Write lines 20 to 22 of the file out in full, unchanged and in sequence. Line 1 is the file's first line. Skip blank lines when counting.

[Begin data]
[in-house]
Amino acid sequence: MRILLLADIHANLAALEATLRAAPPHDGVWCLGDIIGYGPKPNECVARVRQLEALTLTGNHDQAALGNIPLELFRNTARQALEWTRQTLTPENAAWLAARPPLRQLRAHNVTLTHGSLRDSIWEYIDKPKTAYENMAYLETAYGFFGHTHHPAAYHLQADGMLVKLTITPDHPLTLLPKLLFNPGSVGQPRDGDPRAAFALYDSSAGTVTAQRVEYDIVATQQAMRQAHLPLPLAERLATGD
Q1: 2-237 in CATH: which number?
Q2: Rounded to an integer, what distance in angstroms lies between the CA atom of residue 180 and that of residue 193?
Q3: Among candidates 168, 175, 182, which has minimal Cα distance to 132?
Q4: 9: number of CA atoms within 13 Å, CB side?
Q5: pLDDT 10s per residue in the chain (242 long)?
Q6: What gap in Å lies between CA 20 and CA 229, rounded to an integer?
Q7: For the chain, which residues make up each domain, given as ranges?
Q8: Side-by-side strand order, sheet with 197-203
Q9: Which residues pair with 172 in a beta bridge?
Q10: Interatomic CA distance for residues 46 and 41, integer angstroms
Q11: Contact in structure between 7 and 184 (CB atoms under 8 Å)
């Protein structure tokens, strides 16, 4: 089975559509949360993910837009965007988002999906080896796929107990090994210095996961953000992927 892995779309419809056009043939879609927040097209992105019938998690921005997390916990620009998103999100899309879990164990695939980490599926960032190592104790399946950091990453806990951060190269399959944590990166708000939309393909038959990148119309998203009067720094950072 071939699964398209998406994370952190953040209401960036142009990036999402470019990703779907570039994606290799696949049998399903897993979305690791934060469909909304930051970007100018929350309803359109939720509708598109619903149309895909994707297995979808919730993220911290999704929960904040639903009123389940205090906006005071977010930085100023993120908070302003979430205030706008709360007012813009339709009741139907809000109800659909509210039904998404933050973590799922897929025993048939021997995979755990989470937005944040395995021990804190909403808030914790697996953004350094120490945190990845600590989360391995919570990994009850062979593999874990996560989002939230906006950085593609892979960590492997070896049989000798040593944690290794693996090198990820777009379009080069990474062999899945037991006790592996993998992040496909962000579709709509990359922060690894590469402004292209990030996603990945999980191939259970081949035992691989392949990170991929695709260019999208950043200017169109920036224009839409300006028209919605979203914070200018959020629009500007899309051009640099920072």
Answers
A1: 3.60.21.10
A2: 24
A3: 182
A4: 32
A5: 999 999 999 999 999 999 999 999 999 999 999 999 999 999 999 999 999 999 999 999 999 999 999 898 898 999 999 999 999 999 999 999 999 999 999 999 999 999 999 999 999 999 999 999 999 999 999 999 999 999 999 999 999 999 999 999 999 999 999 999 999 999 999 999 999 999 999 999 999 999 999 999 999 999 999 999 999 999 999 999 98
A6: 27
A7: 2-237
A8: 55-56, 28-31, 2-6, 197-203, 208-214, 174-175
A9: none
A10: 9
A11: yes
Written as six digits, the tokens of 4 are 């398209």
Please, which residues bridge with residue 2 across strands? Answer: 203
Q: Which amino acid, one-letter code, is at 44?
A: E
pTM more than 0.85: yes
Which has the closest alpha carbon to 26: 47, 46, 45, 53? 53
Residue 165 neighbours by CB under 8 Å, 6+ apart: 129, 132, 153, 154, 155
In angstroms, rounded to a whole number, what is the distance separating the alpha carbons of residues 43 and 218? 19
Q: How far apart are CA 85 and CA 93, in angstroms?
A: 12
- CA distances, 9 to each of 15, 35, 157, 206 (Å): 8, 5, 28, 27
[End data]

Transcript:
A5: 999 999 999 999 999 999 999 999 999 999 999 999 999 999 999 999 999 999 999 999 999 999 999 898 898 999 999 999 999 999 999 999 999 999 999 999 999 999 999 999 999 999 999 999 999 999 999 999 999 999 999 999 999 999 999 999 999 999 999 999 999 999 999 999 999 999 999 999 999 999 999 999 999 999 999 999 999 999 999 999 98
A6: 27
A7: 2-237